I know that they have their haters, but my family and I are unabashed Disney fans, and particular fans of their theme parks. My fascination with Disney is on both personal and professional levels.
In fact, I recently returned from a Disney World vacation. This is a photo of me sitting next to statues of Roy O. Disney (Walt’s brother) and Minnie Mouse on a bench near the flag pole in the center of Town Square in the Magic Kingdom. This bench is a memorial to Roy, and it brings me to what I consider the best leadership advice ever.
If Walt was the heart of the company, Roy was the head. A creative innovator and risk-taker, Walt did not always have the best brain for business. With Roy’s guidance, however, the company was able to survive some rough financial patches that might otherwise have derailed it.
Development of EPCOT (Experimental Community of Tomorrow) began as a concept in the 1960’s. In Walt’s words, EPCOT was to be “a community of tomorrow that will never be completed but will always be introducing, testing and demonstrating new materials and systems.” His original vision was for a model community that would be home to 20,000 residents and test bed for city planning. It was to have been built in the shape of a circle with businesses and commercial areas at its center, community building, schools, and recreational complexes around it, and residential areas lining the perimeter. Transportation would be provided by elevated monorails and people movers, with automobile traffic kept underground, leaving pedestrians safe on the surface.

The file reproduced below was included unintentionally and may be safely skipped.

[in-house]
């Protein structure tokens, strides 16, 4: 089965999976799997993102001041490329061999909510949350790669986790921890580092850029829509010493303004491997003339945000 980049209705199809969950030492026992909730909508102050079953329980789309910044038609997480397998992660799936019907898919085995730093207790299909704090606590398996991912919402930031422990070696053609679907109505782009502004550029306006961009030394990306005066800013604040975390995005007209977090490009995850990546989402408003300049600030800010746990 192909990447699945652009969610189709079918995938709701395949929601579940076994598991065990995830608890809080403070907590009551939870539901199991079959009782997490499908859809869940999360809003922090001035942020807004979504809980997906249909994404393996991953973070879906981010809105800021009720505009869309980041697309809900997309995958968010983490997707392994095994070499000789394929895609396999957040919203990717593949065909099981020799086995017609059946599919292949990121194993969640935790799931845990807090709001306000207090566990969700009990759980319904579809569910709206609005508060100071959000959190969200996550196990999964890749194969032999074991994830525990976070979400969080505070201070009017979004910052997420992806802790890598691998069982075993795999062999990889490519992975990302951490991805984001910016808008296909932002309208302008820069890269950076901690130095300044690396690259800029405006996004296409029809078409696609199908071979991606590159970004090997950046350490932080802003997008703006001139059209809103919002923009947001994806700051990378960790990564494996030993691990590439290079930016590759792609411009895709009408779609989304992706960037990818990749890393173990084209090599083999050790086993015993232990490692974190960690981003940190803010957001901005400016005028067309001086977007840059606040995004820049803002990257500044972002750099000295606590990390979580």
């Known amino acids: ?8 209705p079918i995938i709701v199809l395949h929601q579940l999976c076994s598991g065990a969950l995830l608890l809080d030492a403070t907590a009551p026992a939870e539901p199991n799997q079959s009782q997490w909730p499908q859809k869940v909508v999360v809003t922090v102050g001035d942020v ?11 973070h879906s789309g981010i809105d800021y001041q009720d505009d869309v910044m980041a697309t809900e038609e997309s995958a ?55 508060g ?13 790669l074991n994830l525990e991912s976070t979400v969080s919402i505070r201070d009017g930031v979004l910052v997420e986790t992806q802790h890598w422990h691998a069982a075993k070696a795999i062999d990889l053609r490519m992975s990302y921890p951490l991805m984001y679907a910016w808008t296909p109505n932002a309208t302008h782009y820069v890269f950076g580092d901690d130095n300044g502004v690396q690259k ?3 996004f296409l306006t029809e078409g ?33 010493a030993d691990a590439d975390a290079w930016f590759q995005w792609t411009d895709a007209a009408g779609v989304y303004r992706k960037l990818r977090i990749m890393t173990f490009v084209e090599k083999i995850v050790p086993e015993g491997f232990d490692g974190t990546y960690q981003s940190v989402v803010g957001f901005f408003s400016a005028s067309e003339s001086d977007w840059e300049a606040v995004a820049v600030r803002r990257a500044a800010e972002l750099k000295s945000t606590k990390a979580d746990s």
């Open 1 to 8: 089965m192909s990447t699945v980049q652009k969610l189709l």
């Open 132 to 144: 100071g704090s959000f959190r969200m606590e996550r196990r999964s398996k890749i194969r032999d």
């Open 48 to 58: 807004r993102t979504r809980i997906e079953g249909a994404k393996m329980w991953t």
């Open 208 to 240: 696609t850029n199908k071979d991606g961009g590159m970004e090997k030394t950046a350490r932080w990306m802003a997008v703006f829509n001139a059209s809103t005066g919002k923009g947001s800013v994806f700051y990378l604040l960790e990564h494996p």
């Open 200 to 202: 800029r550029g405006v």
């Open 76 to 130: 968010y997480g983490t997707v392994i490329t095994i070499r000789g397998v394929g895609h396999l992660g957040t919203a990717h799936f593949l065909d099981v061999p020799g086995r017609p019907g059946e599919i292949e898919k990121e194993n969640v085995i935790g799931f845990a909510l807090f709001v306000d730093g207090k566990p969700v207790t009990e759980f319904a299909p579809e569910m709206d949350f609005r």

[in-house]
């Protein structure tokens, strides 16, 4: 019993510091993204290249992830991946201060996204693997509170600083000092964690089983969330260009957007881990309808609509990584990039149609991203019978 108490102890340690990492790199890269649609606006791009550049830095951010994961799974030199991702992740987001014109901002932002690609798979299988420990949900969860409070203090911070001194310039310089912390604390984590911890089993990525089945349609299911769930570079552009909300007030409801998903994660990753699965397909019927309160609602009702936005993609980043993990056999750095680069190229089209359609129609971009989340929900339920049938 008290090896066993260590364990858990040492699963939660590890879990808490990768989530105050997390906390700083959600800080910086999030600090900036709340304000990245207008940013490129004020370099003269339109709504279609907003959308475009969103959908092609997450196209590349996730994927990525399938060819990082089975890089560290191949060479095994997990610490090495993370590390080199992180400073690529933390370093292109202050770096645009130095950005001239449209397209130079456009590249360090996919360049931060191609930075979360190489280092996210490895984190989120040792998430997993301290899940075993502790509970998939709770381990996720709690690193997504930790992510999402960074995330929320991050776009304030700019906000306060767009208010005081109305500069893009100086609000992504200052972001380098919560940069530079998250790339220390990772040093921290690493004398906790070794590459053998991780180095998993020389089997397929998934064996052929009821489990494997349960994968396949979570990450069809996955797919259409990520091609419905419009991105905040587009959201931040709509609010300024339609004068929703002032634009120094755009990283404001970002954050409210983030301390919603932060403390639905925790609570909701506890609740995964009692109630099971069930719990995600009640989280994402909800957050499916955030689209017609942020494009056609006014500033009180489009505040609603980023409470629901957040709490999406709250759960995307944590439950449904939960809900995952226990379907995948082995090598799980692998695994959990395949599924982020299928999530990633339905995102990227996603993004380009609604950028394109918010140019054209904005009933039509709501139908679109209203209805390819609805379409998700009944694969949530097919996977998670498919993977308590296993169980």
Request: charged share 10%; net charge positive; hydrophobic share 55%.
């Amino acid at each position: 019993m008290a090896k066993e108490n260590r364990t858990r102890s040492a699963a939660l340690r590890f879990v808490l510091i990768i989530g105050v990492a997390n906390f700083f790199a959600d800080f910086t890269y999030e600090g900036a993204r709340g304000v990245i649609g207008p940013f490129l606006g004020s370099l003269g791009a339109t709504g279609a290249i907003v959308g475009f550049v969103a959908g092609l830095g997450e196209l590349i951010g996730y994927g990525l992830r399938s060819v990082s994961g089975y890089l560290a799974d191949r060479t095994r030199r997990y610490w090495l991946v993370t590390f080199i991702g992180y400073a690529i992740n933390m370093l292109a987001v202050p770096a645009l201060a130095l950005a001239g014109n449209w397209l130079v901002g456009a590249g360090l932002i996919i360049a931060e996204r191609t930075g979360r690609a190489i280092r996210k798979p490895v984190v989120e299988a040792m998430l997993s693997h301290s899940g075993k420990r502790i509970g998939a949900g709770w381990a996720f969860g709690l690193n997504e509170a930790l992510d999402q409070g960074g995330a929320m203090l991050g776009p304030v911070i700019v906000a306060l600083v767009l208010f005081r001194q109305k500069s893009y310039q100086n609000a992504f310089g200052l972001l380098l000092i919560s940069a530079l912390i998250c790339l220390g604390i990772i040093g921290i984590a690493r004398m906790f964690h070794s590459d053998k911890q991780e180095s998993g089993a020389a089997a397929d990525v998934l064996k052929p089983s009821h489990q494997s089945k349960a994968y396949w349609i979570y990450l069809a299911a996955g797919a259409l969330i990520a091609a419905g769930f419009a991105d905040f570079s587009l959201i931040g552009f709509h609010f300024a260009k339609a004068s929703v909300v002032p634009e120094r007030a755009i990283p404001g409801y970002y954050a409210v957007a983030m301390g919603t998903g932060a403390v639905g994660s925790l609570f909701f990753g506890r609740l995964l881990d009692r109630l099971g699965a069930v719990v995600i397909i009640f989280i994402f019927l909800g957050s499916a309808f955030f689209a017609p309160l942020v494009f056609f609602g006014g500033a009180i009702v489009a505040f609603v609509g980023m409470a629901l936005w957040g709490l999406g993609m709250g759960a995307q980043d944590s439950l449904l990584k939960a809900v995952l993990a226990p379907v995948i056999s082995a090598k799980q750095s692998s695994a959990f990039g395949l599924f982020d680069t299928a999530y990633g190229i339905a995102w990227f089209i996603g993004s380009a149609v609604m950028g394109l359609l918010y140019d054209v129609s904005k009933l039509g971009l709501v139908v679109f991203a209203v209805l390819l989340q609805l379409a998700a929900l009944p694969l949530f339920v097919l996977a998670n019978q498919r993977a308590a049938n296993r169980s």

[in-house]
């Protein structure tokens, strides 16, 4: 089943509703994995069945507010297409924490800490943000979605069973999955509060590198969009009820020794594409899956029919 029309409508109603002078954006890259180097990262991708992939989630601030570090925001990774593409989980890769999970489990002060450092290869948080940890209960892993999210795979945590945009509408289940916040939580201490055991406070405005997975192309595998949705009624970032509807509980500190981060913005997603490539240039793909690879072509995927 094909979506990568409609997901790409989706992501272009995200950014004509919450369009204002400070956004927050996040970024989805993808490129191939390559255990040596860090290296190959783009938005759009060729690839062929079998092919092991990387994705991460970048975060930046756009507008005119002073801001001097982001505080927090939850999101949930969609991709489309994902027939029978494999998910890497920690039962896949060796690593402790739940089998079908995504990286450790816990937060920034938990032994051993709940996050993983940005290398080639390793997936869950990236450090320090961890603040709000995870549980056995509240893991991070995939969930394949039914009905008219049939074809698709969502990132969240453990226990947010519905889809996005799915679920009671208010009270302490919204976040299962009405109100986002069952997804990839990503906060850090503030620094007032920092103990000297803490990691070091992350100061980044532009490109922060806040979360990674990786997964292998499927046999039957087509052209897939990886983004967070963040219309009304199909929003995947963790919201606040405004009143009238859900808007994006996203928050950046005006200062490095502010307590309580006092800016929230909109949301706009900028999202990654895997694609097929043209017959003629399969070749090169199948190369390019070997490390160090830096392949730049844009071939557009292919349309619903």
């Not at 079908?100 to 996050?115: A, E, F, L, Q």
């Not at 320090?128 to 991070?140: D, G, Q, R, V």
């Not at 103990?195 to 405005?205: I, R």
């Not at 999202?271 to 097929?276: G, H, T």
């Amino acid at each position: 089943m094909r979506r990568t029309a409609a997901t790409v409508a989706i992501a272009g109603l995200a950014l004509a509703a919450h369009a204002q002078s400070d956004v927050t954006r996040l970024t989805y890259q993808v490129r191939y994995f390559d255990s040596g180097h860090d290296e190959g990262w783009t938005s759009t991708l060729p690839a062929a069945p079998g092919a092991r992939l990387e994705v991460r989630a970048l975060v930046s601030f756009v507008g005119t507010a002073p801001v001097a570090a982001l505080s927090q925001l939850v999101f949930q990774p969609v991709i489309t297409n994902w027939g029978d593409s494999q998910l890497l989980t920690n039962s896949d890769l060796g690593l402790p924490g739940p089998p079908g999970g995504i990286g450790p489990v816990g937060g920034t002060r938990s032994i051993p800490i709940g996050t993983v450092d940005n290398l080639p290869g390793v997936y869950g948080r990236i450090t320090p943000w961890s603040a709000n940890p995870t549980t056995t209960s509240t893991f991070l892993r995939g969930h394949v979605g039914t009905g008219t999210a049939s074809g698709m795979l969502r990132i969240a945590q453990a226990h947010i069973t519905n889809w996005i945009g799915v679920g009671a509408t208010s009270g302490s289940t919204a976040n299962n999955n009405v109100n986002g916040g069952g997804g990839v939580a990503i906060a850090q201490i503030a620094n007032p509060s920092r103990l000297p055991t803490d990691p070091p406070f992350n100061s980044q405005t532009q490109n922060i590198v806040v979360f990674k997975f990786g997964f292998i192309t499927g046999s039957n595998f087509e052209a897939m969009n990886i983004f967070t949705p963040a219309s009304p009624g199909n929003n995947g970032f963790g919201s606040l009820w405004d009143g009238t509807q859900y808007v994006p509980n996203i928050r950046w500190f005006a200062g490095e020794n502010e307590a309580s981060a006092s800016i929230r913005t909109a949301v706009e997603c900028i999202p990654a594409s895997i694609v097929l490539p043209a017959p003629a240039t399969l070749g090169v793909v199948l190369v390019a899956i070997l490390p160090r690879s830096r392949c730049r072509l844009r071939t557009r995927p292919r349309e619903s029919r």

Walt died in 1966. Imagineering attempted to move from concept to design without him, and they struggled. Other than the decision that they did not want to be in the business of running a real city, their original plans revealed indecision over the park’s purpose. With their spiritual leader having passed, and with the park’s design going nowhere due to all of the creative and cognitive dissonance, Imagineering was in a deep funk and that funk radiated out to the whole Walt Disney World organization. Then Roy stepped up and addressed the Imagineers.
OK, freeze that window because now I want to introduce you to the 17th century Japanese poet Matsuo Bashō (1644-1694). He began his adult life in the service of his feudal lord as a samurai warrior. But after his lord’s death in 1666, he abandoned his samurai status and became a traveler, observer of life, and the “Supreme Haiku Poet.”
Among the writings of Matsuo Bashō is what I consider the greatest leadership advice ever, and it is advice that Roy Disney employed to re-energize the EPCOT Imagineering team following Walt’s death.
Although stated much more elegantly by Bashō, it may be translated into the following:
Seek not to do what the master would do; rather, seek what the master sought.
Best leadership advice ever.